“The voracious ambition of humans is never sated by dreams coming true, because there is always the thought that everything might be done better and again.” -- John Green, "The Fault in Our Stars"

Friday, March 22, 2019

Too Old to Be President?

     I admit to some age bias, at least when it comes to politicians. And in my defense, I'm not the only one. The American Constitution is written with an age bias. It says that someone has to be at least 35 years old to assume the office of the presidency or vice presidency.

     In my mind, you shouldn't be president if you're older than I am . . . and I know this because while I hate to say it, I realize that my friends and I at our age are simply no longer at the height of our powers. And even if we are still relatively energetic and competent now (with the help of Lipitor, Coumadin or who knows what else), what about in four or eight years?

     Most of us retire when we're 62 or 65 or 67. So doesn't it make sense that politicians in their 70s should be looking to retire, not looking for a new job? I don't think we should be electing anyone president who was born much before 1950 -- they're simply too old.

     On the other hand, if anyone was born after I graduated from college . . . oh, come on, how can they possibly be experienced enough, and seasoned enough, to take on the responsibilities of leading our country in these turbulent times? So for anyone born much after 1970, I'd say, go get some more experience, then come back and try in four or eight years.

     In other words, in my opinion the ideal candidate would be a younger baby boomer, or else perhaps an older post-boomer. (So far we've had four baby boomer presidents, with I admit mixed results). But whether you agree with me or not, as the presidential season gets underway I thought it might be fun to see who among our prominent politicians, and people running for president, is a baby boomer, and who is not. No comment on anyone's political leanings or personal qualifications.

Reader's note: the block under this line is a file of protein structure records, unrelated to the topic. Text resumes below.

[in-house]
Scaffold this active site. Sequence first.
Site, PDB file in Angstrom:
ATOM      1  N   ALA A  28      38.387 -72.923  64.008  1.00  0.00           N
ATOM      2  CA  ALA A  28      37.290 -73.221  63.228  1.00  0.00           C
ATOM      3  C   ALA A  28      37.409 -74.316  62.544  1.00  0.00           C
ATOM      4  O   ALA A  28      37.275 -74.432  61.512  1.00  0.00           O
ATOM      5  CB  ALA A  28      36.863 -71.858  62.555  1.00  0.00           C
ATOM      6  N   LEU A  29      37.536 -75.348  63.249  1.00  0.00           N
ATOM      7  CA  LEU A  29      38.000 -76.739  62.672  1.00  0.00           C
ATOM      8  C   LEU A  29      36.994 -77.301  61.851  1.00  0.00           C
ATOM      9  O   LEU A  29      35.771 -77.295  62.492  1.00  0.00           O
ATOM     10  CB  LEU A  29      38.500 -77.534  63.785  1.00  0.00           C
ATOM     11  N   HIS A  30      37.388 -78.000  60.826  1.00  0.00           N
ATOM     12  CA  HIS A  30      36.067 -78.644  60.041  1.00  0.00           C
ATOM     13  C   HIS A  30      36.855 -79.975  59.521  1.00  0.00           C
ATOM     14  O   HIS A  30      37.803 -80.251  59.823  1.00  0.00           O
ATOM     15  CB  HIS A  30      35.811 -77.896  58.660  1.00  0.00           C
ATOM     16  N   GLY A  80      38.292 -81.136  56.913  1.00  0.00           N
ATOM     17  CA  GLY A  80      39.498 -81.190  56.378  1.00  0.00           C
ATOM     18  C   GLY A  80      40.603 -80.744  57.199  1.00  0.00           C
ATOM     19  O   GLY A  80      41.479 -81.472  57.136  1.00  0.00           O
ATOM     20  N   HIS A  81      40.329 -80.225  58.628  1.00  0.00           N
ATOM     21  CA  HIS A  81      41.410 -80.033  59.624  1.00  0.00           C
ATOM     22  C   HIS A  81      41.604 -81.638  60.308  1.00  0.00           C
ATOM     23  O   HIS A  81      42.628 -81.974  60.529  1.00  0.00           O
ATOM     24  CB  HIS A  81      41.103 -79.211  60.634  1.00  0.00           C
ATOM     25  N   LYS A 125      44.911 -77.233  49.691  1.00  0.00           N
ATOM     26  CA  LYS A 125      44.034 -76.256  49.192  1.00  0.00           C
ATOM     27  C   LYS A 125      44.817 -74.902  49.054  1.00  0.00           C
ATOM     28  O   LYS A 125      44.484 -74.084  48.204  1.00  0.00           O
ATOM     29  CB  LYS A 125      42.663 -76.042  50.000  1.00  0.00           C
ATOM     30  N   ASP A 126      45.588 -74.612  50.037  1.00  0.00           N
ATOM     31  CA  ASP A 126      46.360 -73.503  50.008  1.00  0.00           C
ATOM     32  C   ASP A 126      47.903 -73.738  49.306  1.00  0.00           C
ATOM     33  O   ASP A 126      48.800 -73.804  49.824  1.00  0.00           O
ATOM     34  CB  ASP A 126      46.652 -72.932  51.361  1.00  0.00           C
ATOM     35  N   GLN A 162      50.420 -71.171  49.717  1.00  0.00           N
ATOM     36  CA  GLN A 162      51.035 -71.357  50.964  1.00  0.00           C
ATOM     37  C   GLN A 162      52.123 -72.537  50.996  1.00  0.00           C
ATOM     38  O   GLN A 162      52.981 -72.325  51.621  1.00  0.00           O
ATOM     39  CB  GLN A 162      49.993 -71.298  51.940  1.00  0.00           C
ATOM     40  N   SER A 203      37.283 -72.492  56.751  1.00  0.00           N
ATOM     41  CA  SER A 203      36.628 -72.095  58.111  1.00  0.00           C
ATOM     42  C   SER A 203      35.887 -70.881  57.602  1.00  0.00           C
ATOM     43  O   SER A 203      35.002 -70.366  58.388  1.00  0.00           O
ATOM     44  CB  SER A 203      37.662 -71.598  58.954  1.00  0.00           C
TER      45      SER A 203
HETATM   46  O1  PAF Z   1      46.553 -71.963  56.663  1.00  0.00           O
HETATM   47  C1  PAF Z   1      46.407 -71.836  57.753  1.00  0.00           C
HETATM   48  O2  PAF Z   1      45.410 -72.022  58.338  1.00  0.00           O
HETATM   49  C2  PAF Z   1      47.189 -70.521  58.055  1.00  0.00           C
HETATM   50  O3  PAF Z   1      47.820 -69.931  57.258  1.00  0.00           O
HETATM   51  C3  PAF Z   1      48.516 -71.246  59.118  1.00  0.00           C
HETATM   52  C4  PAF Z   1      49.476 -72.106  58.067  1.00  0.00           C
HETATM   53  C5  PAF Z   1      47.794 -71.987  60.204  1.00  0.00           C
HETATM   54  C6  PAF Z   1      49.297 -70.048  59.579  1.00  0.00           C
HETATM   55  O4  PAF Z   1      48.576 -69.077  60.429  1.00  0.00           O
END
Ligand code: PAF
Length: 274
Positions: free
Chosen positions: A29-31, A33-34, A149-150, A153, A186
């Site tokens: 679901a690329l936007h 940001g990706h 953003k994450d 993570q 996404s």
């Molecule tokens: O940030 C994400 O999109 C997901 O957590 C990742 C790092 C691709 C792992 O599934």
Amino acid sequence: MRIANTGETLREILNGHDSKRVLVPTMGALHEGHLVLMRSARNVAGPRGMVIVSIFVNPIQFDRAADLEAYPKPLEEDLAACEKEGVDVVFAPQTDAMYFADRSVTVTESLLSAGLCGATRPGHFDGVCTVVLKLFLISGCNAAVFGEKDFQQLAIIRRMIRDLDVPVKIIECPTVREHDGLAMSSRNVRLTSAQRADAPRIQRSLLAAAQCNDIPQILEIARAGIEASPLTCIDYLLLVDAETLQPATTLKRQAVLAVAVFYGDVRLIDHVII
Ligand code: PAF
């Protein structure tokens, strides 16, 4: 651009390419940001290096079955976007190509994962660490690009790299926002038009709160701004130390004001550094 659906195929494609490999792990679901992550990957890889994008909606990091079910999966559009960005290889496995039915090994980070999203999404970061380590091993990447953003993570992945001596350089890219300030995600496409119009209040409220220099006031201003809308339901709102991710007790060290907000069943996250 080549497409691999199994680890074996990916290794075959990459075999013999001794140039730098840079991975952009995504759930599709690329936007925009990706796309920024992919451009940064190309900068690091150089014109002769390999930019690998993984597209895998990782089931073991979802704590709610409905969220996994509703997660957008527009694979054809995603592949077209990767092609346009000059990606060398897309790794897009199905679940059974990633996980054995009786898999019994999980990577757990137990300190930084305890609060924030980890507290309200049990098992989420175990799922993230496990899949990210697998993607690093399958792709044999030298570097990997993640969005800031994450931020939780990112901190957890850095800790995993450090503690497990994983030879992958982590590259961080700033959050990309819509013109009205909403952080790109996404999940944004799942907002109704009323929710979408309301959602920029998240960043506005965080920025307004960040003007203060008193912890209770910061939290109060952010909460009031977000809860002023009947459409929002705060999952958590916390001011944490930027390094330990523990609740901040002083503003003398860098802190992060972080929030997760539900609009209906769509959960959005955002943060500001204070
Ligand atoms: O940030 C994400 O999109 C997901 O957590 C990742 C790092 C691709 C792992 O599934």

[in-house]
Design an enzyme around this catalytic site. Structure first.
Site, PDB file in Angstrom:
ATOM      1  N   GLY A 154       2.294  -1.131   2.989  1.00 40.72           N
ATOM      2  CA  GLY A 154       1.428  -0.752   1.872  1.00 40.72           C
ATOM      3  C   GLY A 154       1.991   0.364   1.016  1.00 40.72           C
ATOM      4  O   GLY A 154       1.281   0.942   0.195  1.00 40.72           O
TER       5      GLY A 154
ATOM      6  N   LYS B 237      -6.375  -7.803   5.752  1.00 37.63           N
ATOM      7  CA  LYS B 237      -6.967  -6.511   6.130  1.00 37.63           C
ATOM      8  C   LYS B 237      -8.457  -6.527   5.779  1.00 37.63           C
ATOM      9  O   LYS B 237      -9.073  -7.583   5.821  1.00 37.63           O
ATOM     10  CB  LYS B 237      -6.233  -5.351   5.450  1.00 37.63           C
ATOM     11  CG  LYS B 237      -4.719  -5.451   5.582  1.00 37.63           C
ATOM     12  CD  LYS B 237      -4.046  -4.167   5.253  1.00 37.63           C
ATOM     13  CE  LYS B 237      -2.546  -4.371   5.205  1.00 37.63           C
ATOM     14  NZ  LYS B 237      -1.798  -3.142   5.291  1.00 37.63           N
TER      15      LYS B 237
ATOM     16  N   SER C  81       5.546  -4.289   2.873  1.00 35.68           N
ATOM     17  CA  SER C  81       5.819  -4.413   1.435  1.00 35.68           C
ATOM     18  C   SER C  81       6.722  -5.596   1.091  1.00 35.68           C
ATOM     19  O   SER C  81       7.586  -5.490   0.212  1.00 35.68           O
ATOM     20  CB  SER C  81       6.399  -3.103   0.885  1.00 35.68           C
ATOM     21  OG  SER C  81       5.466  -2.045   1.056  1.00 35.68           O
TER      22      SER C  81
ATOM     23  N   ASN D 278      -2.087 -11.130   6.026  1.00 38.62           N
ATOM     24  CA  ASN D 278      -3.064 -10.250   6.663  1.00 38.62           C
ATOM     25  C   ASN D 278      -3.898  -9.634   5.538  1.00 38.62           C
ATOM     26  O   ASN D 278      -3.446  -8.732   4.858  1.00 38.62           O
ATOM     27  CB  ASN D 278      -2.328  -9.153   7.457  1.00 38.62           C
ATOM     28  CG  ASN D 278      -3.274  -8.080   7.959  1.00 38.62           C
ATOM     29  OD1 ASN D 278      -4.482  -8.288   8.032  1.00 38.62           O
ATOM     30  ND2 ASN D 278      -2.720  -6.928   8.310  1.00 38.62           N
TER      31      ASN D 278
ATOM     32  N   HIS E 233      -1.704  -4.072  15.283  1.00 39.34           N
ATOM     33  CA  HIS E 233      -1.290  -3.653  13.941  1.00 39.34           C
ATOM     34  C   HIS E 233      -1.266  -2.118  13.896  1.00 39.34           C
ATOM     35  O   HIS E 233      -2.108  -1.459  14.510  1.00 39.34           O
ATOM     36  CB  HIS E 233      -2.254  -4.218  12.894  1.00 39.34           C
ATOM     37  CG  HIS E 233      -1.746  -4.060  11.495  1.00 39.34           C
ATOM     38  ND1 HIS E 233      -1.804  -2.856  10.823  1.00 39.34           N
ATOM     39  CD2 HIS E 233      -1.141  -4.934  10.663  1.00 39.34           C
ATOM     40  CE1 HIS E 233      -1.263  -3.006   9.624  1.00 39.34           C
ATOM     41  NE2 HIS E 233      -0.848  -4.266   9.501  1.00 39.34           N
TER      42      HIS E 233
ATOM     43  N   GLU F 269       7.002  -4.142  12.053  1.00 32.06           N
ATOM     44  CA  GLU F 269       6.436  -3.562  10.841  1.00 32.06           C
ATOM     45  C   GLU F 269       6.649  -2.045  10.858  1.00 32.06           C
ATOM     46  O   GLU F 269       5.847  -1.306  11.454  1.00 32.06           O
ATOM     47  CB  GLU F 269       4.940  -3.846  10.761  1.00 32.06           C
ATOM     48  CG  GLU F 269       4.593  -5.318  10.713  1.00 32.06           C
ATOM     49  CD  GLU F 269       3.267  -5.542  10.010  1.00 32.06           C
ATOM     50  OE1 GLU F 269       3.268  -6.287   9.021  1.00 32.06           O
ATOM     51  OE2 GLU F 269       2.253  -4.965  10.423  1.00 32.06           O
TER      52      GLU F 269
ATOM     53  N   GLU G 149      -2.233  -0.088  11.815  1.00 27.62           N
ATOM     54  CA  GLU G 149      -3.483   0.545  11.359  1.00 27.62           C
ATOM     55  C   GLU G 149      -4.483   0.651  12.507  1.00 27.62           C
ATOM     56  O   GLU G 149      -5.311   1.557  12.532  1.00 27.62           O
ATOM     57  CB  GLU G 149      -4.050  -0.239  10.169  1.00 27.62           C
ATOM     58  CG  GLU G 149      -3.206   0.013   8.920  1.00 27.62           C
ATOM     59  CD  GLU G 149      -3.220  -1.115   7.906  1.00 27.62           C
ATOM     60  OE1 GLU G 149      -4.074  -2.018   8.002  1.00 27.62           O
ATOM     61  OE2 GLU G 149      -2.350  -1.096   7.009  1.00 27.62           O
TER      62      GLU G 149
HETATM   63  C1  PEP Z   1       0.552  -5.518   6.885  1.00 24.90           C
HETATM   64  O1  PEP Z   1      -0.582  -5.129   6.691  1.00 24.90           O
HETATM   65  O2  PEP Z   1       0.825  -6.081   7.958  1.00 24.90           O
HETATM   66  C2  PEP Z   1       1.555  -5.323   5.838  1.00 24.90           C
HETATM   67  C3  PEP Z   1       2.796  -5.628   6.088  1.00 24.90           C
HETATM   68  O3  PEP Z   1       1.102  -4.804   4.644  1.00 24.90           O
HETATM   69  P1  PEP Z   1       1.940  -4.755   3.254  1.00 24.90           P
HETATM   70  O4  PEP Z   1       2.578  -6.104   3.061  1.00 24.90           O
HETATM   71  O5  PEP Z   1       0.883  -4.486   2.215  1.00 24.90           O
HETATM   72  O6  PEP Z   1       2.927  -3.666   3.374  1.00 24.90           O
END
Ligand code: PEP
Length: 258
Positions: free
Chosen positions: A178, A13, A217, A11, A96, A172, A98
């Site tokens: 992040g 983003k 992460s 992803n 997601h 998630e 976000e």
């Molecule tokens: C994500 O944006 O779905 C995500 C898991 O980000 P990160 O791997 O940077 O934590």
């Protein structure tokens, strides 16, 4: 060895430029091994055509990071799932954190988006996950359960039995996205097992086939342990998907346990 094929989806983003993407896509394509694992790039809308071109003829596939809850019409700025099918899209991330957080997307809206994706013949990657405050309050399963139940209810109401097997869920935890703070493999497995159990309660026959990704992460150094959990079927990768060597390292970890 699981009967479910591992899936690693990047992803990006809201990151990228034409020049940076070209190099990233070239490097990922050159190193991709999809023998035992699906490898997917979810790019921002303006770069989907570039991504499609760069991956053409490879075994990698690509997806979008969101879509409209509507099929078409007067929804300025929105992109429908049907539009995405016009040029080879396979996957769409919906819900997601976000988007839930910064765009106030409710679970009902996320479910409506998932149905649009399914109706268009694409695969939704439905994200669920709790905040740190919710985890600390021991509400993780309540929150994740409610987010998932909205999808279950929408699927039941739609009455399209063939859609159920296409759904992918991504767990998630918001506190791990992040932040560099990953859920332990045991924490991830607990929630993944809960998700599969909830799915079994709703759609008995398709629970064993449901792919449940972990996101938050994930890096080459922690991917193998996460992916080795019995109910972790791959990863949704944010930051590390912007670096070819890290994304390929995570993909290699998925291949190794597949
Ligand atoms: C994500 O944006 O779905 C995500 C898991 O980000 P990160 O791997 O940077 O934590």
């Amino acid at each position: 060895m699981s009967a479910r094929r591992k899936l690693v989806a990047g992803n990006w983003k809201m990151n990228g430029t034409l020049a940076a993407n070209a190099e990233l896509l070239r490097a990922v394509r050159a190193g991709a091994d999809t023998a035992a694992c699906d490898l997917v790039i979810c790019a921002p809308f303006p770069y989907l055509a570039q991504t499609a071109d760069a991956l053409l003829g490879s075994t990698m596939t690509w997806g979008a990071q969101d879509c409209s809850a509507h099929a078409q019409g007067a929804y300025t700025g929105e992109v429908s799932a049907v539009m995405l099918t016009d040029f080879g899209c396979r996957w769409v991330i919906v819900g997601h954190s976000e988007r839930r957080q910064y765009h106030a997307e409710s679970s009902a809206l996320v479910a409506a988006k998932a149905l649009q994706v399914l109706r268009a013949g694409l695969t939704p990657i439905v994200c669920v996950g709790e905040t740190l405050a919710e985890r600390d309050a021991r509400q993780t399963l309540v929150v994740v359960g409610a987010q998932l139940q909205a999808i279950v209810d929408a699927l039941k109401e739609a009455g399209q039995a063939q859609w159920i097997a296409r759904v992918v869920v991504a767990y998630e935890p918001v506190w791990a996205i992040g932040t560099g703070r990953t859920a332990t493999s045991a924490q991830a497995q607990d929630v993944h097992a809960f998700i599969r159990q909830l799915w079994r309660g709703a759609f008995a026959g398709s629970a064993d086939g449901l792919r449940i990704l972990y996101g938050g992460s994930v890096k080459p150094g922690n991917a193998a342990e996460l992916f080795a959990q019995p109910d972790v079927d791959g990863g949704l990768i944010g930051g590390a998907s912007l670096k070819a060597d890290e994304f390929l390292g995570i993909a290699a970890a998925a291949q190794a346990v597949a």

Baby Boomers
     Politician     State    Year born

     Bill Clinton (NY)   1946       
     George W. Bush (TX)  1946 
     Donald Trump (NY)  1946     
     Hillary Clinton (NY)  1947   
     Mitt Romney (NV)  1947       
     Elizabeth Warren (MA)  1949 
     Sen. Chuck Schumer (NY)  1950
     Gov. Jay Inslee (WA)   1951     
     John Hickenlooper (CO)  1952   
     John Kasich  (OH)   1952         
     Howard Schultz  (WA)  1953   
     Oprah Winfrey (IL)  1954       
     Mike Pence (IN)   1959           
     Sen. Amy Klobucher (MN)  1960
     Barack Obama  (IL)  1961     
     Michelle Obama (IL)  1964   
     Sen. Kamela Harris  (CA)  1964 

     Not a Baby Boomer
     Politician     State    Year born

     Too old . . .
     Nancy Pelosi  (CA)  1940   
     Bernie Sanders (VT)  1941 
     Joe Biden  (PA)   1942       
     Sen. Mitch McConnell  (KY)  1942
     Mike Bloomberg (NY)   1942

     Too young to be a boomer . . .
     Sen. Kristen Gillibrand (NY)  1966
     Sen. Cory Booker  (NJ)  1969 
     Sen. Marco Rubio  (FL)  1971 
     Nikki Haley   (SC)   1972 
     Beto O'Rourke  (TX)   1972
     Julian Castro (TX)   1974
     Rep. Tulsi Gabbard (HI)  1981
     Mayor Pete Buttigieg (IN)  1982

     As a follow-on to this thought, I read recently that some Democratic presidential candidates, including Cory Booker, want to set term limits or age limits for Supreme Court justices. Do you agree with that? I could see how it might make sense, based on the reasoning above.

     Other candidates propose lowering the voting age to 16. This makes less sense to me, again, based on the reasoning above. Do you really think your grandchildren are mature enough to vote?


Don said...

Tom, I totally agree with you in this post. I am 65 and have been retired for a few years now. Lately as I’ve listened to the news chatter about whether a candidate might be too old, I started wondering about what has brought this on. Why do so many of my older peers want to keep trying to be the ones “in charge”? I see the same thing on a MUCH smaller scale day to day. For example, the pastor of my church is pushing 70. The church office assistant who handles most everything is 82! Both are great people with good experience and skills to share—BUT they don’t have to be in the primary position. I get the fact that as a general rule we are all living longer and “generally’ are in better health longer. But, even so, we are not at our peak. Why can’t we find purpose and value in stepping to the side (not completely out of the picture) and assuming the time-honored role of mentor and advisor to the next generation of leaders—regardless of the employment position. In some ways it reminds me of seeing a person dressing and trying to be “younger” than they clearly are. Only makes them look sad and out of place in my opinion.

Rian said...